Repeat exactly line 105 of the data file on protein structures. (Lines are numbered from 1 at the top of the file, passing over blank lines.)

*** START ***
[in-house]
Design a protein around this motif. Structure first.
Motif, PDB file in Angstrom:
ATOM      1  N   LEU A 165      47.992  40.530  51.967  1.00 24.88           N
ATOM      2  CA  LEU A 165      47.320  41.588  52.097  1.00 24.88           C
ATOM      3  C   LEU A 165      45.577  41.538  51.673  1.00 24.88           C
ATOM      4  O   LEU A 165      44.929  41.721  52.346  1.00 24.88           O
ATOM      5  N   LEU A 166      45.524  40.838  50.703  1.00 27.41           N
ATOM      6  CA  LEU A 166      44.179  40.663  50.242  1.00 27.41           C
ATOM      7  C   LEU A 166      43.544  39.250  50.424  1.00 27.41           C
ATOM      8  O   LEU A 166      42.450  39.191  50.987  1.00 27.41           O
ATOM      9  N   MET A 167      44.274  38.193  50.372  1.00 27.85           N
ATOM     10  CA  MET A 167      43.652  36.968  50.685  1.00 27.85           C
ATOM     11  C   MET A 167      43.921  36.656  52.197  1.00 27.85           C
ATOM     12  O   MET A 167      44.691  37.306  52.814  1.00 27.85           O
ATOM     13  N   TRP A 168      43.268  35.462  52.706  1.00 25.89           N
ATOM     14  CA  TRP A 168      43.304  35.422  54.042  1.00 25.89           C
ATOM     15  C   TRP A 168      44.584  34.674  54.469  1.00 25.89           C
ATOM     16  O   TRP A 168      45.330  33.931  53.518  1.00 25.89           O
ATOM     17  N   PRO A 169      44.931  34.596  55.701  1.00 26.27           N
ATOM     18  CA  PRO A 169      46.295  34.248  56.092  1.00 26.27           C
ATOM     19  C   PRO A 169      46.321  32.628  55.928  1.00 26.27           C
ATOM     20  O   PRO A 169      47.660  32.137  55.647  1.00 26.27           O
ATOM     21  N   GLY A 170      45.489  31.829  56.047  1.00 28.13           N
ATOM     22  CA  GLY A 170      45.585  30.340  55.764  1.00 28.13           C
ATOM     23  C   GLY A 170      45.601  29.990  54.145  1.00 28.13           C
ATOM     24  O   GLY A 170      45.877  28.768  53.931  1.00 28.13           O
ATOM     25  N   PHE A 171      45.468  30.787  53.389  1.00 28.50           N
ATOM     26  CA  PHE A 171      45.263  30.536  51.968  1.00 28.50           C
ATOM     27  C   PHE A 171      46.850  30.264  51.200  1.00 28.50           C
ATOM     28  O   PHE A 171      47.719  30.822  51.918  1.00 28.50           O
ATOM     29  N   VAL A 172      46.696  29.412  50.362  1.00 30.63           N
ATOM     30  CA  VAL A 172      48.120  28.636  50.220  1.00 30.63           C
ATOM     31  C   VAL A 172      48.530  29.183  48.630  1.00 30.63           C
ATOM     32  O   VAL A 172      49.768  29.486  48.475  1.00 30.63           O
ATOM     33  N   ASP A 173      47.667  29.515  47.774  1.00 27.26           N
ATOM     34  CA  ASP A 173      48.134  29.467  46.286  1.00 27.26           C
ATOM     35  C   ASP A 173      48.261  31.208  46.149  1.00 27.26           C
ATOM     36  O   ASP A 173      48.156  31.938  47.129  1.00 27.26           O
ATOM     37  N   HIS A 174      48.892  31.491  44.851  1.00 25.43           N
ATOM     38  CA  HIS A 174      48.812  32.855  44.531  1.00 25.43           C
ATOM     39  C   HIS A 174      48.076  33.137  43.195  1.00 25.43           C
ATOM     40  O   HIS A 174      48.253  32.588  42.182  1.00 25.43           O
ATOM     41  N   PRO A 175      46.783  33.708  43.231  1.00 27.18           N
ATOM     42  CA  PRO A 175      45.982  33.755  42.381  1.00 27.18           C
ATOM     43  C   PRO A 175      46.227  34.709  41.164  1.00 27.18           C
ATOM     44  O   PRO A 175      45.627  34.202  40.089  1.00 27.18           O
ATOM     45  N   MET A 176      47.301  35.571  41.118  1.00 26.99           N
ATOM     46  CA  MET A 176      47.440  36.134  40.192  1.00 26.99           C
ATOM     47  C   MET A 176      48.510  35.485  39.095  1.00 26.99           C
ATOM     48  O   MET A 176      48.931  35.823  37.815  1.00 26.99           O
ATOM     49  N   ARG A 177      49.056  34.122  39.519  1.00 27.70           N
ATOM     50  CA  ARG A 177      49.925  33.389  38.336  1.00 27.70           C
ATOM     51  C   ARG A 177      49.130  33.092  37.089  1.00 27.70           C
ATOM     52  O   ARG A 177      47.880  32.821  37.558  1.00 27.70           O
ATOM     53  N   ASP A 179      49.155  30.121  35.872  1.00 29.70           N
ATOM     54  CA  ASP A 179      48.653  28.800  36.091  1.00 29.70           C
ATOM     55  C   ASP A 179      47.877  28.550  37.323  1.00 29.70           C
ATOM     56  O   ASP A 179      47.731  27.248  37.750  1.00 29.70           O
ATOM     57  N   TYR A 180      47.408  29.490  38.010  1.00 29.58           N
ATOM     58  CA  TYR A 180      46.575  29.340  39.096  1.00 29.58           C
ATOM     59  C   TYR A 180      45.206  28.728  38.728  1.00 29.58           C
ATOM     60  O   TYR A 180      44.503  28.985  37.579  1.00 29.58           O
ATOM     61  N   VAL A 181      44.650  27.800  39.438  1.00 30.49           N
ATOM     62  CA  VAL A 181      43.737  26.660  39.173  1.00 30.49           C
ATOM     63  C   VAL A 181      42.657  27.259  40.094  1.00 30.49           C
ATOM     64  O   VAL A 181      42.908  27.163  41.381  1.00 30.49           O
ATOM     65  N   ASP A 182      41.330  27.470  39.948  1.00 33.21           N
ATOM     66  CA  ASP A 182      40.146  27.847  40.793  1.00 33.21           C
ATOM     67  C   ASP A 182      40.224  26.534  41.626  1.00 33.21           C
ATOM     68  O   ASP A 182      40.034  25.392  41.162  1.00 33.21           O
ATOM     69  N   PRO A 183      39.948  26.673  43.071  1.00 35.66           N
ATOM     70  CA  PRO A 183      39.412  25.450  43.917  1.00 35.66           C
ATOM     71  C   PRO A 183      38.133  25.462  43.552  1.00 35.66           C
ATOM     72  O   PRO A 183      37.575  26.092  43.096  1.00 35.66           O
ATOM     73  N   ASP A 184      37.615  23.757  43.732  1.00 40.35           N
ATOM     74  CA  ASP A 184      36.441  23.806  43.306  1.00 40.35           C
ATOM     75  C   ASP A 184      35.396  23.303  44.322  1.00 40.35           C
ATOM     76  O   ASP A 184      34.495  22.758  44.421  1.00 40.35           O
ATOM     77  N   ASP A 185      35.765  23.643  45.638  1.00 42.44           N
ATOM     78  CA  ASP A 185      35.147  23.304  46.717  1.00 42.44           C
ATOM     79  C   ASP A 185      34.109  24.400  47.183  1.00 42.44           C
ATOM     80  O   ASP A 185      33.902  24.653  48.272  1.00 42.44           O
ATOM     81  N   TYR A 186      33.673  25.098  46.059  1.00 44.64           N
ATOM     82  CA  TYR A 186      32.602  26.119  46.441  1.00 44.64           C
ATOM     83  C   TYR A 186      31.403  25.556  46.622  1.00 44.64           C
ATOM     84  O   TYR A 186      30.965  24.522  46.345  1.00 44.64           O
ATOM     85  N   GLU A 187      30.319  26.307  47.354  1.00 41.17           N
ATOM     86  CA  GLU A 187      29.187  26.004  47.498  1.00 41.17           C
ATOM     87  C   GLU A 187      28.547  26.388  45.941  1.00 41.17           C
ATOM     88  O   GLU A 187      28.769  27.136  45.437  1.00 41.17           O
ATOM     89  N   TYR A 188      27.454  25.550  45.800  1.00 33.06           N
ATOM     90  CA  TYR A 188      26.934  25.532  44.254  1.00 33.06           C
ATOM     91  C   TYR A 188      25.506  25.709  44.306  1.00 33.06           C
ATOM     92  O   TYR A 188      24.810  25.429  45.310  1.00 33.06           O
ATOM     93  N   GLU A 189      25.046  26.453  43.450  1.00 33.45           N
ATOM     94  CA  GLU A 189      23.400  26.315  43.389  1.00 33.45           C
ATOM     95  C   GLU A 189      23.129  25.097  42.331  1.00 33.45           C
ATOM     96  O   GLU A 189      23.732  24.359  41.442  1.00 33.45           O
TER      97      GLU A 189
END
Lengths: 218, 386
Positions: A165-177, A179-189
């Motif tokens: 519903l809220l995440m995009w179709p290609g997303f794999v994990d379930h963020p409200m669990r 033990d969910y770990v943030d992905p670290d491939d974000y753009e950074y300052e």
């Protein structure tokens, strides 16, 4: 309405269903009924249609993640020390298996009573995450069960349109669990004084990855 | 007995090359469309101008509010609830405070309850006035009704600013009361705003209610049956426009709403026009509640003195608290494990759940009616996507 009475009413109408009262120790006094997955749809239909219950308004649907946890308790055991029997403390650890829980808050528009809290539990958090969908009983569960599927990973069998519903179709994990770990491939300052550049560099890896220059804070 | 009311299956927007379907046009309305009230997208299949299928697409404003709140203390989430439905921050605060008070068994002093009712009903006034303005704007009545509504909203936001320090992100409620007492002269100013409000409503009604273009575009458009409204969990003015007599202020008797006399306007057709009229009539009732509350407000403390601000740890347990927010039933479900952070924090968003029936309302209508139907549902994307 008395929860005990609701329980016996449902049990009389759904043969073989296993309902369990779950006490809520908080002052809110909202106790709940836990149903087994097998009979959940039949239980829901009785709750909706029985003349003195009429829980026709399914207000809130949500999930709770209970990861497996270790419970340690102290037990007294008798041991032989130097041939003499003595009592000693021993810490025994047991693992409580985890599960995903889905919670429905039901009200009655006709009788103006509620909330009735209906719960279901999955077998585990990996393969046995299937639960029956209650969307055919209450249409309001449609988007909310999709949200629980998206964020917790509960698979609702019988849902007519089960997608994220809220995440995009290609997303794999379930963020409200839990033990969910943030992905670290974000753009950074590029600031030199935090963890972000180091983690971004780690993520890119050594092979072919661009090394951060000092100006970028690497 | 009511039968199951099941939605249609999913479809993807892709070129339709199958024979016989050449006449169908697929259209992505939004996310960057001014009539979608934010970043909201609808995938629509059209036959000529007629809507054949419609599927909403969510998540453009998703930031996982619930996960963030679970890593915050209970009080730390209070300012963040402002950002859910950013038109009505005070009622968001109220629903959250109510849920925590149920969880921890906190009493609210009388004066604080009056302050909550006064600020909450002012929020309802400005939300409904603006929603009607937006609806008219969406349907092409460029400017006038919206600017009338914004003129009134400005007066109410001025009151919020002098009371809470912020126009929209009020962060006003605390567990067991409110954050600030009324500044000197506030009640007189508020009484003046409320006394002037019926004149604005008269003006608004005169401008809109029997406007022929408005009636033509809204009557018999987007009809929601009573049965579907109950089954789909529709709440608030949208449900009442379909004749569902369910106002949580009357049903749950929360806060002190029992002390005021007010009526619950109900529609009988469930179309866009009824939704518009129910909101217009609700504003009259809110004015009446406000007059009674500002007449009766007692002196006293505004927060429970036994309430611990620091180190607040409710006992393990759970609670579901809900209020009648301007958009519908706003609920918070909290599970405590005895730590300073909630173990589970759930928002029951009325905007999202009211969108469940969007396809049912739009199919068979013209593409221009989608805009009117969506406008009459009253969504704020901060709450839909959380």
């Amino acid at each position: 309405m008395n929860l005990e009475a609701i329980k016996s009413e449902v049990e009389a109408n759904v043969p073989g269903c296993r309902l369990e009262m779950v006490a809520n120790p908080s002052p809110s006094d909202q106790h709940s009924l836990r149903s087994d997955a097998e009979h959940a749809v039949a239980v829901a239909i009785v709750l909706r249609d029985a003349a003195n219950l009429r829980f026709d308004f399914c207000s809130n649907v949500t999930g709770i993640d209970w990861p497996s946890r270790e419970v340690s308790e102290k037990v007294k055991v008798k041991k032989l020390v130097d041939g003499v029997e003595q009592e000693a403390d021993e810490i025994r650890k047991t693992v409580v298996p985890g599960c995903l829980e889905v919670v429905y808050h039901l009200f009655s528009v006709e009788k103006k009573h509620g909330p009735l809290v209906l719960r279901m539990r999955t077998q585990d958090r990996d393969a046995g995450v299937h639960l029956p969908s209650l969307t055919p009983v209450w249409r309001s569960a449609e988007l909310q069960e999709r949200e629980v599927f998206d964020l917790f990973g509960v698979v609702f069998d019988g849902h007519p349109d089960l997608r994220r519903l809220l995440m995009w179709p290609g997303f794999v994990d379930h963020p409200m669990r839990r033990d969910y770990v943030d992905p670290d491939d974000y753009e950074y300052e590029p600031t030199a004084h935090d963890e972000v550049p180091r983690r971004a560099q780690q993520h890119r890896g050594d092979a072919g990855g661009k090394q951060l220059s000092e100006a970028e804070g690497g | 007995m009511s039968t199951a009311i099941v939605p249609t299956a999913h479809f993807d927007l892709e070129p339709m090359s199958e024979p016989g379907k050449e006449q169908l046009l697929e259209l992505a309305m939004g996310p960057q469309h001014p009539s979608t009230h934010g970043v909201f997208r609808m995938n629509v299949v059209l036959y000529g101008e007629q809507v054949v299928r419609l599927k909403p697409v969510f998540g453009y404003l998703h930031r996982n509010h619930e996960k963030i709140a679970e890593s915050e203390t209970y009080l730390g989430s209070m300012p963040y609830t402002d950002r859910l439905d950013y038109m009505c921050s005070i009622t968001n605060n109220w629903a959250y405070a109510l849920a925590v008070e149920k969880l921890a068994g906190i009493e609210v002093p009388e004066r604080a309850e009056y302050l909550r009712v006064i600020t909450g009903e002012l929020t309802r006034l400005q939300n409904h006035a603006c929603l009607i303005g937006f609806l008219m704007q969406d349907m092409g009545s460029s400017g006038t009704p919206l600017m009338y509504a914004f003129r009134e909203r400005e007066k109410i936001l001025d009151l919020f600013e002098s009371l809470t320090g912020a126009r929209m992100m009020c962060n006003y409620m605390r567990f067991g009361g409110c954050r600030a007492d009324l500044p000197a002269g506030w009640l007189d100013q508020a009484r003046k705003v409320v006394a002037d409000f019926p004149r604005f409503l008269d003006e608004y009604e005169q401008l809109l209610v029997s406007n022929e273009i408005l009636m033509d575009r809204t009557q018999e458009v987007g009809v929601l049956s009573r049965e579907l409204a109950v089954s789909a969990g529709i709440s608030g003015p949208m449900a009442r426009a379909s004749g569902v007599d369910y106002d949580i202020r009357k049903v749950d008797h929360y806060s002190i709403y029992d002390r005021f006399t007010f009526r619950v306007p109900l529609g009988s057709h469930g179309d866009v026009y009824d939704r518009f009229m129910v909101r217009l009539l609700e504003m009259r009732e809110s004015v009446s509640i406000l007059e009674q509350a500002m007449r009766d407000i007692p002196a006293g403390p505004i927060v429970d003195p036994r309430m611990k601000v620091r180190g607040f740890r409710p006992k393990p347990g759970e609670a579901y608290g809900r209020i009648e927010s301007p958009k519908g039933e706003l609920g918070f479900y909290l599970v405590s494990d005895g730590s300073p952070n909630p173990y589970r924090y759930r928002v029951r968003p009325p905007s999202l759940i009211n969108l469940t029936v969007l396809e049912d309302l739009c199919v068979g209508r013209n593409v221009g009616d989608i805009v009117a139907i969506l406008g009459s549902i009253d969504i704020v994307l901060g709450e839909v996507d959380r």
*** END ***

């Protein structure tokens, strides 16, 4: 309405269903009924249609993640020390298996009573995450069960349109669990004084990855 | 007995090359469309101008509010609830405070309850006035009704600013009361705003209610049956426009709403026009509640003195608290494990759940009616996507 009475009413109408009262120790006094997955749809239909219950308004649907946890308790055991029997403390650890829980808050528009809290539990958090969908009983569960599927990973069998519903179709994990770990491939300052550049560099890896220059804070 | 009311299956927007379907046009309305009230997208299949299928697409404003709140203390989430439905921050605060008070068994002093009712009903006034303005704007009545509504909203936001320090992100409620007492002269100013409000409503009604273009575009458009409204969990003015007599202020008797006399306007057709009229009539009732509350407000403390601000740890347990927010039933479900952070924090968003029936309302209508139907549902994307 008395929860005990609701329980016996449902049990009389759904043969073989296993309902369990779950006490809520908080002052809110909202106790709940836990149903087994097998009979959940039949239980829901009785709750909706029985003349003195009429829980026709399914207000809130949500999930709770209970990861497996270790419970340690102290037990007294008798041991032989130097041939003499003595009592000693021993810490025994047991693992409580985890599960995903889905919670429905039901009200009655006709009788103006509620909330009735209906719960279901999955077998585990990996393969046995299937639960029956209650969307055919209450249409309001449609988007909310999709949200629980998206964020917790509960698979609702019988849902007519089960997608994220809220995440995009290609997303794999379930963020409200839990033990969910943030992905670290974000753009950074590029600031030199935090963890972000180091983690971004780690993520890119050594092979072919661009090394951060000092100006970028690497 | 009511039968199951099941939605249609999913479809993807892709070129339709199958024979016989050449006449169908697929259209992505939004996310960057001014009539979608934010970043909201609808995938629509059209036959000529007629809507054949419609599927909403969510998540453009998703930031996982619930996960963030679970890593915050209970009080730390209070300012963040402002950002859910950013038109009505005070009622968001109220629903959250109510849920925590149920969880921890906190009493609210009388004066604080009056302050909550006064600020909450002012929020309802400005939300409904603006929603009607937006609806008219969406349907092409460029400017006038919206600017009338914004003129009134400005007066109410001025009151919020002098009371809470912020126009929209009020962060006003605390567990067991409110954050600030009324500044000197506030009640007189508020009484003046409320006394002037019926004149604005008269003006608004005169401008809109029997406007022929408005009636033509809204009557018999987007009809929601009573049965579907109950089954789909529709709440608030949208449900009442379909004749569902369910106002949580009357049903749950929360806060002190029992002390005021007010009526619950109900529609009988469930179309866009009824939704518009129910909101217009609700504003009259809110004015009446406000007059009674500002007449009766007692002196006293505004927060429970036994309430611990620091180190607040409710006992393990759970609670579901809900209020009648301007958009519908706003609920918070909290599970405590005895730590300073909630173990589970759930928002029951009325905007999202009211969108469940969007396809049912739009199919068979013209593409221009989608805009009117969506406008009459009253969504704020901060709450839909959380």